Two fascinating elementary school stories this week: A Colorado third-grader has set up a gay rights rally as an independent study project for school, while a California sixth-grader was made to give an oral report on Harvey Milk at lunchtime, instead of in class.

The Colorado story pretty much speaks for itself, but the California one deserves a bit of explanation.

When Natalie Jones, a sixth grader at Mt. Woodson Elementary School near San Diego, chose Harvey Milk as the subject of a class presentation, the principal of MWES decided that her biographical project fell under the school’s “Family Life/Sex Education” regulations. That policy mandates that students’ parents or guardians be notified in writing “before any instruction on family life, human sexuality, AIDS or sexually transmitted diseases is given.”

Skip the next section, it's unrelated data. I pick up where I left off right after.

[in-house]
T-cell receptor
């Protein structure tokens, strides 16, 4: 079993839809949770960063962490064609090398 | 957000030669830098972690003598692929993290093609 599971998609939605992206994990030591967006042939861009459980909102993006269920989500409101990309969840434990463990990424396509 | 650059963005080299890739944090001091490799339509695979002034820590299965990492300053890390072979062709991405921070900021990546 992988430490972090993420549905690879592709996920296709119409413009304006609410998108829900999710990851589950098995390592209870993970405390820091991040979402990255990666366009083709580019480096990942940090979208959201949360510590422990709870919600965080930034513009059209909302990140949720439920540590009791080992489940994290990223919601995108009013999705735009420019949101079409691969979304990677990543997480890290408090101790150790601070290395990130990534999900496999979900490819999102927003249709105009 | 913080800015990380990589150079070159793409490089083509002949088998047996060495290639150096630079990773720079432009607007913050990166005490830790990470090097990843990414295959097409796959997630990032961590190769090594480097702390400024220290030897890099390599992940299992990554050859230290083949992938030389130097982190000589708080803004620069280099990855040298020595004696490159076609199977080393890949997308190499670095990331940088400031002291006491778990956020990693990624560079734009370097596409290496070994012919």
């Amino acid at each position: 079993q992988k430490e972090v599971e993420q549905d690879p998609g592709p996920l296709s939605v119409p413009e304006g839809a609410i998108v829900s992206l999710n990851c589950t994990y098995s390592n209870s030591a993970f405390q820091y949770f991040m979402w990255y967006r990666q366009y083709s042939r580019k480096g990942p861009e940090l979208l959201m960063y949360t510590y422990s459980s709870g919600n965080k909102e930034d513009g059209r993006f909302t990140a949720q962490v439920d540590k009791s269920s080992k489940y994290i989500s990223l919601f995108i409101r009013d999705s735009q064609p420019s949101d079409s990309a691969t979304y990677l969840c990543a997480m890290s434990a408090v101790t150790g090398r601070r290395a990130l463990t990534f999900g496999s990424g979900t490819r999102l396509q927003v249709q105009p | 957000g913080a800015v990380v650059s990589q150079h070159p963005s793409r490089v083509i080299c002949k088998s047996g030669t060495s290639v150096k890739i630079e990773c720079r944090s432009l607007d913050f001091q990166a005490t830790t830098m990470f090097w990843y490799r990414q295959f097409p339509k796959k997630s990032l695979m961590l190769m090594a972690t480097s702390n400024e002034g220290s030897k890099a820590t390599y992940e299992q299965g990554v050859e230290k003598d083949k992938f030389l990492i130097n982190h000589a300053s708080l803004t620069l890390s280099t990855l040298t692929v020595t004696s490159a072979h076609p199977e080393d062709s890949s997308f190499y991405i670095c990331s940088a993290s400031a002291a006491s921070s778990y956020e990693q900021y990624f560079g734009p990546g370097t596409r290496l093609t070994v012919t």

But the principal didn’t just send out written notice to the parents of Jones’ classmates. She went further. 

According to the ACLU, the principal told Jones that she wouldn’t be able to give the presentation at all, then a few days later rescheduled it for a lunch period. When she sent notice, she told them that students would only be allowed to participate with written parental permission.

Eight of Jones’ thirteen classmates attended her presentation.

The ACLU is demanding that the school apologize, clarify the “Family Life/Sex Education” policy, and allow Jones to give her presentation to the entire class in a regular class session. A PDF copy of Jones’ PowerPoint presentation can be found here.